Lon Ingram

JavaScript in the Ivory Tower

Lon Ingram

For many years, the JavaScript community and academia regarded each other with a mixture of disinterest and disdain, but as JavaScript became fast and ubiquitous and the JS community tackled more ambitious projects and grappled with harder problems, this changed. This talk will survey the current landscape of academic research related to JavaScript: everything from automatically verifying the correctness of web applications to remotely triggering hardware faults in DRAM via JS. Along the way we'll learn where to find interesting academic papers about the web and how to read them.

Lon is a Principal UI Engineer at RetailMeNot. He is fascinated with applying ideas from systems research to the challenge of building cool complicated things on the web.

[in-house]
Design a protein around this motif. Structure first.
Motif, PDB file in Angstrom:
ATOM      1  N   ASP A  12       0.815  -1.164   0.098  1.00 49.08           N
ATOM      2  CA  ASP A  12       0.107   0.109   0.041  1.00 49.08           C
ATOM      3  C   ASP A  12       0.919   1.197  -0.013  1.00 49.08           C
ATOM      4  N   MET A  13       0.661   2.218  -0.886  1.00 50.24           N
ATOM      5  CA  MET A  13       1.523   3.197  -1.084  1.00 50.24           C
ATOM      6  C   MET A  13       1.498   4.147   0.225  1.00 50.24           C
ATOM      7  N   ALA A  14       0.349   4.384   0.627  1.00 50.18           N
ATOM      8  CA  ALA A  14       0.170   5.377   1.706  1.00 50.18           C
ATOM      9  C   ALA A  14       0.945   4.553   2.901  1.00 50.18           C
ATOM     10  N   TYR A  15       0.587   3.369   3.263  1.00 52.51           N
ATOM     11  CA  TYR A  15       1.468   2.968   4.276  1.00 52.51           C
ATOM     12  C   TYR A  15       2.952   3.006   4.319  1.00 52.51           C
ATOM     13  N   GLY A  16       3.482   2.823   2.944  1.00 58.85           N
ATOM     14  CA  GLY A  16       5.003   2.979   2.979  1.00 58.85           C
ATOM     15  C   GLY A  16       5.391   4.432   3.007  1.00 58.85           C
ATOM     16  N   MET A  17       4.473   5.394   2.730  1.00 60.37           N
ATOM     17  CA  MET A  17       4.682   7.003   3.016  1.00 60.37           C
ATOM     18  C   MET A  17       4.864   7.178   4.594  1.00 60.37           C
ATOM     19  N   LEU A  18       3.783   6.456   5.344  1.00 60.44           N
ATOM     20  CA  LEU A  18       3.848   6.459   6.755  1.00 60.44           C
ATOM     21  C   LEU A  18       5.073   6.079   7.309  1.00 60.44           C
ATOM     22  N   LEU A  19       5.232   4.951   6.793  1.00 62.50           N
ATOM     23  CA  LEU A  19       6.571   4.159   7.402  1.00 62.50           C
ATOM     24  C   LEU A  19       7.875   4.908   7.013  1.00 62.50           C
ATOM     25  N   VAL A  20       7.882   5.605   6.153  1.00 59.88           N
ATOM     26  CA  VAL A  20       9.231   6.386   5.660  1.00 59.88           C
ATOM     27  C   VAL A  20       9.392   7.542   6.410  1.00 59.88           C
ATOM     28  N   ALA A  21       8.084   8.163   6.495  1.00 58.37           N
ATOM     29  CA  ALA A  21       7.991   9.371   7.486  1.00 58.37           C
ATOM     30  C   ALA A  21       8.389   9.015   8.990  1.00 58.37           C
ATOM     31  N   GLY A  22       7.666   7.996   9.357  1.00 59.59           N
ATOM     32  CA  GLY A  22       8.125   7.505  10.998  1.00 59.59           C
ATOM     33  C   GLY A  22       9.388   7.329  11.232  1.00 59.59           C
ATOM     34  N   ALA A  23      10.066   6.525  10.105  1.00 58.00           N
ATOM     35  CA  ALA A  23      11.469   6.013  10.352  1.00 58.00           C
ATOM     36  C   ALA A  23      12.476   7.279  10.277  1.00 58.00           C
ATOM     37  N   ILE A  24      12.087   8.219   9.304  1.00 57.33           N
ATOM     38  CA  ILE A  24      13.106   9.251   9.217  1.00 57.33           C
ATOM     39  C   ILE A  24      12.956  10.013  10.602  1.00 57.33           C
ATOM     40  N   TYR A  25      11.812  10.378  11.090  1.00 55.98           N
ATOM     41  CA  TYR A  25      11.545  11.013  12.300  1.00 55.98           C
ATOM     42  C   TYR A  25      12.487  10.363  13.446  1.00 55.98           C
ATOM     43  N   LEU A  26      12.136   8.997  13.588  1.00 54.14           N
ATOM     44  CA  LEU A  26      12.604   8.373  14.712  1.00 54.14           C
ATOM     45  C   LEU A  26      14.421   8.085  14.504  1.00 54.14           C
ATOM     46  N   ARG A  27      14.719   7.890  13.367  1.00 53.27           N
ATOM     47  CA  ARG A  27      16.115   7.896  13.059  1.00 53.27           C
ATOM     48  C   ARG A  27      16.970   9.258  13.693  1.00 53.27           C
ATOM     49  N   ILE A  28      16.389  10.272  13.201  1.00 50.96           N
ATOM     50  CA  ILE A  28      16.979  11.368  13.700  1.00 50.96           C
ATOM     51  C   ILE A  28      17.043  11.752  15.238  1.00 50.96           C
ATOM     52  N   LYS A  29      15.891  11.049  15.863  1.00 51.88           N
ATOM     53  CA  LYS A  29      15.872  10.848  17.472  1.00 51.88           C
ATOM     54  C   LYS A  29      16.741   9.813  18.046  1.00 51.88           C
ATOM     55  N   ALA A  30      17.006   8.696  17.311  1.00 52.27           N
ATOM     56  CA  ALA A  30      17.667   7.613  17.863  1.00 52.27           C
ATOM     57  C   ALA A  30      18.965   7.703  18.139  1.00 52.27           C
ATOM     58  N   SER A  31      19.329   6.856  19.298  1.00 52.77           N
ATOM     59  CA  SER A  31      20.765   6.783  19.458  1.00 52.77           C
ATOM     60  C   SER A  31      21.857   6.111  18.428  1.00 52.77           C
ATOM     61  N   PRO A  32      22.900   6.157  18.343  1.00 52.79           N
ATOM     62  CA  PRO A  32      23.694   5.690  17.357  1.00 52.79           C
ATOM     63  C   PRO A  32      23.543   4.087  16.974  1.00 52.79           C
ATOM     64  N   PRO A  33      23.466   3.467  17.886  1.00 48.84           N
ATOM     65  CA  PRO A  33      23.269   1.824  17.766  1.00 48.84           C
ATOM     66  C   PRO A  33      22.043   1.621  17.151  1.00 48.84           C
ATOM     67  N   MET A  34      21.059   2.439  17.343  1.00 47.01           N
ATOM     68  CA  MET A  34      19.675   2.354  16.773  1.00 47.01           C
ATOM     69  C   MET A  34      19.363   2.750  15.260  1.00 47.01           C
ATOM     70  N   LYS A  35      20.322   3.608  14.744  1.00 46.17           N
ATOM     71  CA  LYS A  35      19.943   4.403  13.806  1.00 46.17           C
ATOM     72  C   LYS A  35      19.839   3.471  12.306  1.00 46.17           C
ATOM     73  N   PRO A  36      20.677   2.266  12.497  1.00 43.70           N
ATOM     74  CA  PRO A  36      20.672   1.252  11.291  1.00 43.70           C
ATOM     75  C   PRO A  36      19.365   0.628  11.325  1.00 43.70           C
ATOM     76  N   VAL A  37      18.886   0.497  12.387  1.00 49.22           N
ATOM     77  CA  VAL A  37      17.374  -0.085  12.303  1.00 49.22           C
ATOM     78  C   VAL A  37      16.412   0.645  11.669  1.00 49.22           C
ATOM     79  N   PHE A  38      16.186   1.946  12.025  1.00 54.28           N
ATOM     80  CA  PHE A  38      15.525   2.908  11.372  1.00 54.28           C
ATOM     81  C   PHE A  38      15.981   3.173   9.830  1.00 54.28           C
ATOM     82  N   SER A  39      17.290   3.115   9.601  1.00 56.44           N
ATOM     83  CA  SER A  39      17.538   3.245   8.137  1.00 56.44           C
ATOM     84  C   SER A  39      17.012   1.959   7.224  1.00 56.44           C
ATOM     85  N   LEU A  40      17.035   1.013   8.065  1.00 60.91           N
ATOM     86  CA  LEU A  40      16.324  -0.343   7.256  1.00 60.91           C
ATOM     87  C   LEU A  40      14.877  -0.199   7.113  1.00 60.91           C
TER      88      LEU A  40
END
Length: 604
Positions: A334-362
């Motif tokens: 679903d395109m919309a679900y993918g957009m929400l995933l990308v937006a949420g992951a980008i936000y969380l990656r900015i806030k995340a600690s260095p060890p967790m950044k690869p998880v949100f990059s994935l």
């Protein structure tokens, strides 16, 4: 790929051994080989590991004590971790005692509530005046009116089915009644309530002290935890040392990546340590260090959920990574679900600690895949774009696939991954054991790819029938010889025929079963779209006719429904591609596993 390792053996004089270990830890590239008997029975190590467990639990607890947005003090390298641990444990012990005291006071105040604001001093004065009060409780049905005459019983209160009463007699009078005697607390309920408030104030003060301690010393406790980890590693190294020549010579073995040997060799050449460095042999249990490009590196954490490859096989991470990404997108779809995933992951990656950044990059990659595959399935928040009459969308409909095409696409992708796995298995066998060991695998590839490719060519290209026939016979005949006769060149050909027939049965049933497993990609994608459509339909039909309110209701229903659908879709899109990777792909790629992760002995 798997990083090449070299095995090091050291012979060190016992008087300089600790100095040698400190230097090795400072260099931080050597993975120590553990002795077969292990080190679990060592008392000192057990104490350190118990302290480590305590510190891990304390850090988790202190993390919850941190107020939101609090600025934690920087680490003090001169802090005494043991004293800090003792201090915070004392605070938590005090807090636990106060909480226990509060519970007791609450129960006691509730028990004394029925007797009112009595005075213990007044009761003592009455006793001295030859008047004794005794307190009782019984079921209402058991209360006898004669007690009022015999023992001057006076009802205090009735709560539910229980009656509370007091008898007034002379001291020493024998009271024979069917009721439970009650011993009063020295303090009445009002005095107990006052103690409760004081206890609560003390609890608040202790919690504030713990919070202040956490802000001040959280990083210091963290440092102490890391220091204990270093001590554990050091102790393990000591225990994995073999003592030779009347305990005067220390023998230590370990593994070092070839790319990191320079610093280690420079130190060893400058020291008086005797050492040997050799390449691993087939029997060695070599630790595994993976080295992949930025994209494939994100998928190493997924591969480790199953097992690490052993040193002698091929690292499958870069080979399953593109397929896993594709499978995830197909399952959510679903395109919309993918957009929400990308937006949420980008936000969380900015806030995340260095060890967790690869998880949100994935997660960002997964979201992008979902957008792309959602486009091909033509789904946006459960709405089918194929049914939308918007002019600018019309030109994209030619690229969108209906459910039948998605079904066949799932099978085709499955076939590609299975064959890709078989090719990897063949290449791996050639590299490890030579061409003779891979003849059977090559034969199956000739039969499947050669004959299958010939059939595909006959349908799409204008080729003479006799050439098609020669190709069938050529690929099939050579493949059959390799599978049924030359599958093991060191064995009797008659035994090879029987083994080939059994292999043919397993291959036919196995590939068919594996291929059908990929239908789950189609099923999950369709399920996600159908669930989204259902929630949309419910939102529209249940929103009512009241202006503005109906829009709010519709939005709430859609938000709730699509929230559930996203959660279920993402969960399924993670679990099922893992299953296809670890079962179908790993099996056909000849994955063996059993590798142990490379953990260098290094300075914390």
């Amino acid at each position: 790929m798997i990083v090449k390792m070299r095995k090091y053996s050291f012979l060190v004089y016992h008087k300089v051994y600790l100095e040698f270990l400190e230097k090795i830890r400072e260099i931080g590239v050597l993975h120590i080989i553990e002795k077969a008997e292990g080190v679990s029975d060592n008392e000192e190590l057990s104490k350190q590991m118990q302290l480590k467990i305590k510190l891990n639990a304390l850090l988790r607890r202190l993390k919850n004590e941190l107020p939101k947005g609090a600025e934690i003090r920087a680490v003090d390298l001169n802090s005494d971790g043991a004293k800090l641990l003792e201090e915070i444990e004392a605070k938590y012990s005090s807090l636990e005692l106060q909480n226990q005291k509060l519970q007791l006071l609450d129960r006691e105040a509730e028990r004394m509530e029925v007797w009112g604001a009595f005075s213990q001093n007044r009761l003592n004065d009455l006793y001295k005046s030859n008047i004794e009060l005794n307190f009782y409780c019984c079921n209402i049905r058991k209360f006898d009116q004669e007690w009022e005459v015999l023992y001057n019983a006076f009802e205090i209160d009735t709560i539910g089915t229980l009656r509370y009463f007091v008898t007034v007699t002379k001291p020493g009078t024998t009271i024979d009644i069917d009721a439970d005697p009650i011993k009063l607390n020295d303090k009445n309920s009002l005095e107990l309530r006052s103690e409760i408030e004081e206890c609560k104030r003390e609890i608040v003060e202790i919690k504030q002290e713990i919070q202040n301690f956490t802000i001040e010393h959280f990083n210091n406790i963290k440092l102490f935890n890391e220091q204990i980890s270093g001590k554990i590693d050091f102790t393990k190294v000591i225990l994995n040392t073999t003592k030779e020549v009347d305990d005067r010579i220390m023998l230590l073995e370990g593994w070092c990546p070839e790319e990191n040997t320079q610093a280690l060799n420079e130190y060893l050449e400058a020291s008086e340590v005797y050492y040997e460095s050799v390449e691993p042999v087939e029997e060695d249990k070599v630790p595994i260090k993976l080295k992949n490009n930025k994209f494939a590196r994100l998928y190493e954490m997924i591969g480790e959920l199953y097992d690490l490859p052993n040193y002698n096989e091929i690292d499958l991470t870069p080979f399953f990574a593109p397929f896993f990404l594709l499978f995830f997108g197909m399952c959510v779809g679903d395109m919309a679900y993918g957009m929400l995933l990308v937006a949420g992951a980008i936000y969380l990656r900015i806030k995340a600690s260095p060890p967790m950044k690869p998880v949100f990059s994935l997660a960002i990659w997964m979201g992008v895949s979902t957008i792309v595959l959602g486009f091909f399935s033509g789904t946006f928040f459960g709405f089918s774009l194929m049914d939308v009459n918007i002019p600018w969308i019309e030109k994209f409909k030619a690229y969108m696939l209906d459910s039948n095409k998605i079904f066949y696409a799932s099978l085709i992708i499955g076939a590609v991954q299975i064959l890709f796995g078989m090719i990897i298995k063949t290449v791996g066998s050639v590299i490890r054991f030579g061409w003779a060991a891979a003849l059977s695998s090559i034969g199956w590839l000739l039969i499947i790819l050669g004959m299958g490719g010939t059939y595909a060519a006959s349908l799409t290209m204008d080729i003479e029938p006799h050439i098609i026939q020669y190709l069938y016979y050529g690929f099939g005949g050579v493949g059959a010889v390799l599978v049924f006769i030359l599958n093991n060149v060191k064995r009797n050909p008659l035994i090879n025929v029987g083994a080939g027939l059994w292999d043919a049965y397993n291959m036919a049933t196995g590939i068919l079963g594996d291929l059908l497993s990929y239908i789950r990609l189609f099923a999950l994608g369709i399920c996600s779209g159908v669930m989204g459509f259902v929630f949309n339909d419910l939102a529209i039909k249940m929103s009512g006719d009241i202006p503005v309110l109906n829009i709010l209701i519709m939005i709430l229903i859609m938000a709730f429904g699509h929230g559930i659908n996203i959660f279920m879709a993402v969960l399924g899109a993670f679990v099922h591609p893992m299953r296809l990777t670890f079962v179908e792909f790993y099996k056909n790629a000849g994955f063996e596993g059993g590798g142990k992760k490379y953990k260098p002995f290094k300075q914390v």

Example Speaker

Javascript in weird places: RPG Maker, Hardware, Education, and why it all matters

Kassandra Perch

Talk Description

Speaker Bio


Speaker Dinner

After Party


Check out some videos from last yearThunder Plains 2015

Code of Conduct

Before attending the conference,please review the Thunder Plains Code of Conduct. The CoC applies to all attendees, speakers, volunteers, and vendors at official and unofficial events byTechlahomaand any location where attendees may be congregating.Contact usif you have questions.

Scholarship Program

This year we gave away 10 free tickets to attend ThunderPlains as part of our scholorship program.